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JJBIRISH

Butler, PA, USA

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Posted: 06/02/10 02:47pm Link  |  Print  |  Notify Moderator

korbe wrote:

Here is how the lazy poor boy dumps the sewer at a full hook up site: After about a couple of days of filling the tanks, I bring out my sewer hose & connect it to the unit's outlet point. I stretch out my hose and, with rubber gloves on, stick the hose into the sewer hole. No fancy connectors. Flush black tank then gray tank. Lift up hose to complete drain process. Put hose away and repeat process every couple of days. Since hose does not sit there all day long, my backside neighbor doesn't have to look at my sewer & the park can't get mad that I don't use the required connectors.


well I have had people do it exactly the way you do it, while I was 2 sites over and down wind and eating our dinner…

I hope you don’t mind if I don’t say thank you…

Air tight connections are required for reasons, and I support every one of them…

In short looking at your properly connected pipe is far less offensive…


Not to mention I have seen the mess when the hose jumps out of the pipe that wasn’t connected good…

ron the newbie

new york

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Posted: 06/02/10 03:58pm Link  |  Print  |  Notify Moderator

The sewer hose supplied by the dealer seems to work OK, BUT putting it on the black connector that was also supplied was virtually impossible for me to accomplish. A fellow camper suggested buying a Valtera TT sewer pipe to hose connector; it screwed on easily.
Some campgrounds require that a 90 degree elbow be attached to the end of the hose when placed in their receptacle; less chance of the hose popping out and contaminating the area.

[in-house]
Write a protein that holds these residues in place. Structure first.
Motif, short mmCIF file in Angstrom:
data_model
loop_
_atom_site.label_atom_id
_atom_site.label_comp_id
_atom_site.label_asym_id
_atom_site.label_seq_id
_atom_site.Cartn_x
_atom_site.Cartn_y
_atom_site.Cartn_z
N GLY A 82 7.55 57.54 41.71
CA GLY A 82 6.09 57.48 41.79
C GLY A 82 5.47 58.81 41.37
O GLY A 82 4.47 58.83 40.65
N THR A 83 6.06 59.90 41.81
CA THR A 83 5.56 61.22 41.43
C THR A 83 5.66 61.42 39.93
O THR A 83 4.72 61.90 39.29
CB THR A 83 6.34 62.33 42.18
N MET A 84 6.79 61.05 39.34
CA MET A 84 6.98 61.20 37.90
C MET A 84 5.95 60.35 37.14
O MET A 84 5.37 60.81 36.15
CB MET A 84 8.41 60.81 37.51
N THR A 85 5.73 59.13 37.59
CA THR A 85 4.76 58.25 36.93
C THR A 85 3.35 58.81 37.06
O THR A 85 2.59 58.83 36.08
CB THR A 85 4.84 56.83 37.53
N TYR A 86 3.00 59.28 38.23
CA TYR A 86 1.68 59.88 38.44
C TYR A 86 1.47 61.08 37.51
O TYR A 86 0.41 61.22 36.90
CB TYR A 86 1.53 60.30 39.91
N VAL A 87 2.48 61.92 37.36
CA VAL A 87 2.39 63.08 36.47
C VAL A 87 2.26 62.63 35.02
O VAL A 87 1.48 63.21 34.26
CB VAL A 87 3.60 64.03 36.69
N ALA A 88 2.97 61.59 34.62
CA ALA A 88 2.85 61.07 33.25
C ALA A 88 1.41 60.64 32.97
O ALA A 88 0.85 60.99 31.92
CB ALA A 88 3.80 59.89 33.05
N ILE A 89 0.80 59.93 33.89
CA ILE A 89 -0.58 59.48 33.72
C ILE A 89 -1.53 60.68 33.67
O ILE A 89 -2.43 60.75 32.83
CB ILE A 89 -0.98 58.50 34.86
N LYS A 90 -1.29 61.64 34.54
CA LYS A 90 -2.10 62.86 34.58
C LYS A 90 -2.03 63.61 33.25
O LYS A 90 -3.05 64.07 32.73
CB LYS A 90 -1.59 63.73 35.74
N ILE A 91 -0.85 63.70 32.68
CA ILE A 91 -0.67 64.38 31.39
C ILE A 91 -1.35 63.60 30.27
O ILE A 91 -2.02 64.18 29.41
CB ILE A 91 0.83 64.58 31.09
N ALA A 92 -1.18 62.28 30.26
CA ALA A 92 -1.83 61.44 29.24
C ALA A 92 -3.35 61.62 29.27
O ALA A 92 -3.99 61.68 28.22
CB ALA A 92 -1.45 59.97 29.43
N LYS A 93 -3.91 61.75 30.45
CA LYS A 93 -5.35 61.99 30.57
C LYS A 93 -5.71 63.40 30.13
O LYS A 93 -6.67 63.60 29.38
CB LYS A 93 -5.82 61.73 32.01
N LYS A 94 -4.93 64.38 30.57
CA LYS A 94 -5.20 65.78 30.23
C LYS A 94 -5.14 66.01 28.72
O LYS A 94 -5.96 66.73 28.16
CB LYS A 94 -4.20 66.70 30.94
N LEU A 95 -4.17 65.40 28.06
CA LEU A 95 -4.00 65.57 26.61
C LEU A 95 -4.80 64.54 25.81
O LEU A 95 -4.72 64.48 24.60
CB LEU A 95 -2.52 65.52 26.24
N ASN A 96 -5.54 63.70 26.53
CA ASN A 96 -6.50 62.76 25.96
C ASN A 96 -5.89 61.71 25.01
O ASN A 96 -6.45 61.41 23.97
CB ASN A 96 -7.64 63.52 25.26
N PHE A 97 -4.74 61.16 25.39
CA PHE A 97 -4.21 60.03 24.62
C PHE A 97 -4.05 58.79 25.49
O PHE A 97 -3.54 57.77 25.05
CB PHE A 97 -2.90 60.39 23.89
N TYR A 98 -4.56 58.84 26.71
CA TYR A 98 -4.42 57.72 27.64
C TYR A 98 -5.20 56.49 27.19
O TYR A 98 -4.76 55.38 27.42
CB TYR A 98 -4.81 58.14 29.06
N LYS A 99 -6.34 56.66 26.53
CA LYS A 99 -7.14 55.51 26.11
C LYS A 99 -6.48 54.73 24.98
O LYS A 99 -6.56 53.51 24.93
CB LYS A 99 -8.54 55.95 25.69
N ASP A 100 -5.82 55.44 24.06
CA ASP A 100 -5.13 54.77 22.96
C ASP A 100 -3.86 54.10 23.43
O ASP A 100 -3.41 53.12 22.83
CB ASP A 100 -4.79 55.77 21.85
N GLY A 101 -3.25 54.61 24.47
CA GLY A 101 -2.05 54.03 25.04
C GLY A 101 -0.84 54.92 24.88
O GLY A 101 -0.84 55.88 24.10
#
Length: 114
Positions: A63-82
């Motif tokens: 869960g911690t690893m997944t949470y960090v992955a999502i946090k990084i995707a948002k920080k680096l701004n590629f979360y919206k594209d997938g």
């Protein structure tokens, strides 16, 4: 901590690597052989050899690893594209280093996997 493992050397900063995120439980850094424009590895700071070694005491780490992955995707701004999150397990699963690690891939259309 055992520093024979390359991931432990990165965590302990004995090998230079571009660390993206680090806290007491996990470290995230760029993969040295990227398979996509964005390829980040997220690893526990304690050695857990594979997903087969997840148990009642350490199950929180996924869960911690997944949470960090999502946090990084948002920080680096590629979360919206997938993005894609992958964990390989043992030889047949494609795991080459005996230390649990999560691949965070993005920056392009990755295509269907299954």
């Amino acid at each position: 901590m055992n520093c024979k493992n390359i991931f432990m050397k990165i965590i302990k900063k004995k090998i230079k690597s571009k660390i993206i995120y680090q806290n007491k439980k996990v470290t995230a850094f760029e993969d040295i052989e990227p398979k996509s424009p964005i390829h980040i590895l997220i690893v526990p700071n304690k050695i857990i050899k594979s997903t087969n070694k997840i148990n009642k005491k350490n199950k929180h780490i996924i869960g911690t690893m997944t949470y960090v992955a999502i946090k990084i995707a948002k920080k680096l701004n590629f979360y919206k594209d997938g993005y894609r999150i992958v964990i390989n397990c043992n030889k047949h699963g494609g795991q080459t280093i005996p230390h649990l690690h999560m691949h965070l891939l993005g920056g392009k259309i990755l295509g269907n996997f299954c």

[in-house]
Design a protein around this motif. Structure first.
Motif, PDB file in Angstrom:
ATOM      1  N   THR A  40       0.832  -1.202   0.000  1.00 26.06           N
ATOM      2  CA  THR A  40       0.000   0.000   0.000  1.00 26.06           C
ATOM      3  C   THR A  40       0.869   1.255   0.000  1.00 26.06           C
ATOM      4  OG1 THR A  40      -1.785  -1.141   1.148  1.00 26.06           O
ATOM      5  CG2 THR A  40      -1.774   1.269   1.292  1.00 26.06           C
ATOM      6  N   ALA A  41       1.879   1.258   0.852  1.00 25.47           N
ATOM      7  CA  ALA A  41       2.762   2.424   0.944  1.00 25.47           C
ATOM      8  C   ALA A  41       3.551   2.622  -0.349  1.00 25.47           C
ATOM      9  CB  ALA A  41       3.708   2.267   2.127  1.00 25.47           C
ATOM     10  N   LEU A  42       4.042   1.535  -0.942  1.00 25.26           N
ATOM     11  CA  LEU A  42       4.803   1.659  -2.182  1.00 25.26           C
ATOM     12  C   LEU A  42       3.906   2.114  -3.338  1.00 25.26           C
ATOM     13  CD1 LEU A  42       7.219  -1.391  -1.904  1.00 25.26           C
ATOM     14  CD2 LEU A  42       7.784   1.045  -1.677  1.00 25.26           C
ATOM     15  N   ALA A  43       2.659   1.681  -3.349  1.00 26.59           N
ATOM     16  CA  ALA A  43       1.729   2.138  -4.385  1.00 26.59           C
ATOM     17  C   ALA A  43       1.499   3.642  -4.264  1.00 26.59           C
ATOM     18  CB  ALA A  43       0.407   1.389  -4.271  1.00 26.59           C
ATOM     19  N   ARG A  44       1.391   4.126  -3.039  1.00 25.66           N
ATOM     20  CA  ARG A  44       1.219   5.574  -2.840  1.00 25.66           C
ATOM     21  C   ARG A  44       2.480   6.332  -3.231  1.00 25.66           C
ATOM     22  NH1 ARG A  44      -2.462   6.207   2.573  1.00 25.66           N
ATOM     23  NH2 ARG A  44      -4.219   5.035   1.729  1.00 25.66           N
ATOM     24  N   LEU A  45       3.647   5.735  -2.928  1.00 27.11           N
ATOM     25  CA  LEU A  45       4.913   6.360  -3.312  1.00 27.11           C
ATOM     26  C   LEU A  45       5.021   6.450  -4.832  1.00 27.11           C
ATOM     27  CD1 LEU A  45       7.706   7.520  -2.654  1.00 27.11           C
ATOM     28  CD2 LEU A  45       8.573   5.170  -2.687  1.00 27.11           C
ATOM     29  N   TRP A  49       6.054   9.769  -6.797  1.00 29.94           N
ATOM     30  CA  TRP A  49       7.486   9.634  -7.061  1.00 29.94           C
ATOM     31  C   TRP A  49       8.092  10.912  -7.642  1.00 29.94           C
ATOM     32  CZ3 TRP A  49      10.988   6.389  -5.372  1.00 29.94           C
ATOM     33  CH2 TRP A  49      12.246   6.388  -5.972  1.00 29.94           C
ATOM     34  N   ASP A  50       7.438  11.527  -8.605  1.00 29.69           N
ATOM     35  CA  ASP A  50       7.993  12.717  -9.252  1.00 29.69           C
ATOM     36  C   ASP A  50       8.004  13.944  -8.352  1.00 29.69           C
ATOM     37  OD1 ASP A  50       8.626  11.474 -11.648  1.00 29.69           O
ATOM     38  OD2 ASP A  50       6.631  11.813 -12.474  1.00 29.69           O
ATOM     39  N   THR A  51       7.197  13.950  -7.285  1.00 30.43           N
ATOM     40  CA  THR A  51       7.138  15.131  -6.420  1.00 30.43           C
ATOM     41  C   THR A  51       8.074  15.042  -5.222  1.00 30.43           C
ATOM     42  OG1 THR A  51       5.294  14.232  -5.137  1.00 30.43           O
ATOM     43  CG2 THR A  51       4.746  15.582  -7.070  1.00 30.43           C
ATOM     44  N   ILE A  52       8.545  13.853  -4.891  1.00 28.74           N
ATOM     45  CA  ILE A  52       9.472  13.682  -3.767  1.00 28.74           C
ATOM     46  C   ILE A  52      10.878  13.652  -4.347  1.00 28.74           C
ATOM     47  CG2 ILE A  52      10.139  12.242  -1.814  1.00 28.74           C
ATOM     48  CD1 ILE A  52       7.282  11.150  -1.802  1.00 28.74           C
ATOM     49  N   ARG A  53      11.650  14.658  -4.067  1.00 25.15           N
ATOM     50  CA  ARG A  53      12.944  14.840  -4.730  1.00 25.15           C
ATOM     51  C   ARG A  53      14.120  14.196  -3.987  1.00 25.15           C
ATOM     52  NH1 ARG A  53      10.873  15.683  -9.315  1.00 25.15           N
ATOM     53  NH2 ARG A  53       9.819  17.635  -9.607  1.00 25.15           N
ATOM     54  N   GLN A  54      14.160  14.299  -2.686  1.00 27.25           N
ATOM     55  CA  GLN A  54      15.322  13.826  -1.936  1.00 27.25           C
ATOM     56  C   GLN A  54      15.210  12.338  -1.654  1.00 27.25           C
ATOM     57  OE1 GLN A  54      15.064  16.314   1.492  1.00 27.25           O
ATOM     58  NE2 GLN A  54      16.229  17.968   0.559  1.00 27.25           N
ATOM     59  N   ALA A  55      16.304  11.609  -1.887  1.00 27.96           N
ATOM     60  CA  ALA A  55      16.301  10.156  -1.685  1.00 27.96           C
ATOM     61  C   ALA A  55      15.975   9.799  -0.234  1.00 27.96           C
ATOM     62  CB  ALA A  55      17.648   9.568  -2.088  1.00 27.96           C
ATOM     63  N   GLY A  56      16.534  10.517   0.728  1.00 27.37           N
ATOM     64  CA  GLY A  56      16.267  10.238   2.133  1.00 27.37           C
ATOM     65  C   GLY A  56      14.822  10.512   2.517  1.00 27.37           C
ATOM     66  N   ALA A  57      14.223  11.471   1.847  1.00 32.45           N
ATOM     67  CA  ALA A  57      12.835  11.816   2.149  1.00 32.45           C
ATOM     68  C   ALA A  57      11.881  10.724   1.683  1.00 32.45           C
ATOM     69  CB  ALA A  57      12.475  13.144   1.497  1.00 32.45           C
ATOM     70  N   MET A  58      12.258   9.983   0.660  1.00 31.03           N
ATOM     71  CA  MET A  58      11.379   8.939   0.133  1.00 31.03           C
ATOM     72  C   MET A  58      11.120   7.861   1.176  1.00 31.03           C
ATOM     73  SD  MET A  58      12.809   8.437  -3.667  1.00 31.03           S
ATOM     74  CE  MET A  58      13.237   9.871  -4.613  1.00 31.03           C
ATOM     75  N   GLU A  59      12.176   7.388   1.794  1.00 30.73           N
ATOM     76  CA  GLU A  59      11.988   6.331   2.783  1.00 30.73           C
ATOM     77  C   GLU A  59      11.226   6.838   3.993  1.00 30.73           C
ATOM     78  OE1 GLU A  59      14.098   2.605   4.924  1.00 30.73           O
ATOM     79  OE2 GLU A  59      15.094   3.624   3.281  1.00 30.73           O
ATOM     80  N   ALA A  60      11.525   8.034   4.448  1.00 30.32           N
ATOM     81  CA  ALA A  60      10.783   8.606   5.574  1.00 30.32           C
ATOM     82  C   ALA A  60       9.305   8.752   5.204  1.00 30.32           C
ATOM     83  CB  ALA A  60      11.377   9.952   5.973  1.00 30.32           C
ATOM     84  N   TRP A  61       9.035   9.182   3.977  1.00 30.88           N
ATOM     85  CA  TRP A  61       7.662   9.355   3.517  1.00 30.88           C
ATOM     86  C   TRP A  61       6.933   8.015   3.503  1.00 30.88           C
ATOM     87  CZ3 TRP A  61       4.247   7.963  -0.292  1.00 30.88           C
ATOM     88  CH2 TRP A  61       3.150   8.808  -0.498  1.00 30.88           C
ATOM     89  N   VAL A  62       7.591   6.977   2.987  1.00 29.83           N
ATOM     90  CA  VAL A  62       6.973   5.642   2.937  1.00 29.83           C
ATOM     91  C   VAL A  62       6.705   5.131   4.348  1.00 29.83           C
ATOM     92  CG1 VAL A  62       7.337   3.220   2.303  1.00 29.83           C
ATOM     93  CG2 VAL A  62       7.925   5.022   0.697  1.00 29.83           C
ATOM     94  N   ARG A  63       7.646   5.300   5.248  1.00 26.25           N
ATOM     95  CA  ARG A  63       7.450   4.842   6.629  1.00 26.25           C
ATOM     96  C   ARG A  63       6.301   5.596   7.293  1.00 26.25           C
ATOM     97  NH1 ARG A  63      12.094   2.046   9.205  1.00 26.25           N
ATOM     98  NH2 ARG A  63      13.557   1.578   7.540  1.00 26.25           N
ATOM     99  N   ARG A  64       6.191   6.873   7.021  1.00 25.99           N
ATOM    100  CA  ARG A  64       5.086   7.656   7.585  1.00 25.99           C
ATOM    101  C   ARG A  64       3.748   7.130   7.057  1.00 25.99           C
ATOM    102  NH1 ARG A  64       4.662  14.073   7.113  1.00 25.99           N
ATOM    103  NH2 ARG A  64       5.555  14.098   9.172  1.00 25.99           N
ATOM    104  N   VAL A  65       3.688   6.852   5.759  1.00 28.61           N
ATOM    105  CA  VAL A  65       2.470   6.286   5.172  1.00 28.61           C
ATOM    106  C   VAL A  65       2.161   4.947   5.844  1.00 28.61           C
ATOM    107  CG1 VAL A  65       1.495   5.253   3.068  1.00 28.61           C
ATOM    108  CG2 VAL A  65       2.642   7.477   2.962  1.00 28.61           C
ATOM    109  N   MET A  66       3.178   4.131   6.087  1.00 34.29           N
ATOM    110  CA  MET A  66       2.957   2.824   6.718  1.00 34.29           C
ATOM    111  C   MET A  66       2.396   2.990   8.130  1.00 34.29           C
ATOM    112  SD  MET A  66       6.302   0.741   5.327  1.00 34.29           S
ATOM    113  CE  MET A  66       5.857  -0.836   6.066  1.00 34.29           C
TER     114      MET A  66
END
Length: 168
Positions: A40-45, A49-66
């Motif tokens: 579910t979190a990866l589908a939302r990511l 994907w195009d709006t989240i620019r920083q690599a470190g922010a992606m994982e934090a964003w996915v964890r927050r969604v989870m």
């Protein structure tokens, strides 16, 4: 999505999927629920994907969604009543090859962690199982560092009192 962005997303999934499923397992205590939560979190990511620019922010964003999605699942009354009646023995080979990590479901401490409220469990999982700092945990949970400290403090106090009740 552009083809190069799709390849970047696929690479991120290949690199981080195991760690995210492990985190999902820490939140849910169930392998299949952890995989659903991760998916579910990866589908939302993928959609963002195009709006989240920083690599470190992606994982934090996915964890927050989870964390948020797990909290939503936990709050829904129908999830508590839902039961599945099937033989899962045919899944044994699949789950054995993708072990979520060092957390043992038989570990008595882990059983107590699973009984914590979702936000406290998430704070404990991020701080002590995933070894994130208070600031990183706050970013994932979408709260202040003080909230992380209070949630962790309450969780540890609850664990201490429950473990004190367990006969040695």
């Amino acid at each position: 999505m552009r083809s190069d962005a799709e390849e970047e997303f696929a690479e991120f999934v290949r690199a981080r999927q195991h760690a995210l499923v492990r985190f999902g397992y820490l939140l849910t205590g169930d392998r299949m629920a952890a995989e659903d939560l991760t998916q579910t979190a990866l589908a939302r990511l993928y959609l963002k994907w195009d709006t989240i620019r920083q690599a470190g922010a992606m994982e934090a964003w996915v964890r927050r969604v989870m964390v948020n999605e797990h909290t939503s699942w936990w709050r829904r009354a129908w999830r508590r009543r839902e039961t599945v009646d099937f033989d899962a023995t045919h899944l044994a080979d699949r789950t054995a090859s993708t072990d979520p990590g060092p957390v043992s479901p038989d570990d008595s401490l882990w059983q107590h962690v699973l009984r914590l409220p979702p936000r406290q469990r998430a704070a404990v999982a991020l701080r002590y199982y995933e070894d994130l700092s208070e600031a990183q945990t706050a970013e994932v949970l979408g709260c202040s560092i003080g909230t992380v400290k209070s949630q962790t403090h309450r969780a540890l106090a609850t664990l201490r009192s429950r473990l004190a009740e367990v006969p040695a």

aeohio

New Mexico

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Posted: 06/02/10 04:27pm Link  |  Print  |  Notify Moderator

I would agree on the Valtera EZ Coupler system, I do not have it but have all the same stuff. Just bought individually as needed, probably would have been eaiser to get the kit. Only noticed it mentioned once by Korbe but rubber gloves are something that I always use. I bought a box of disposable gloves at Costco and just keep them in the TT. I use them when setting up and taking apart the sewer line, after all I know what was in it and would rather not touch it if gloves are availible. I would go out and get some extra sewer hose but I am still using the cheap one the dealer supplied with no issue. I do carry extra hose in case it breaks or if sewer is further away then the cheap hose from the dealer will reach. Also the sewer hose support is not a bad idea but not needed all the time.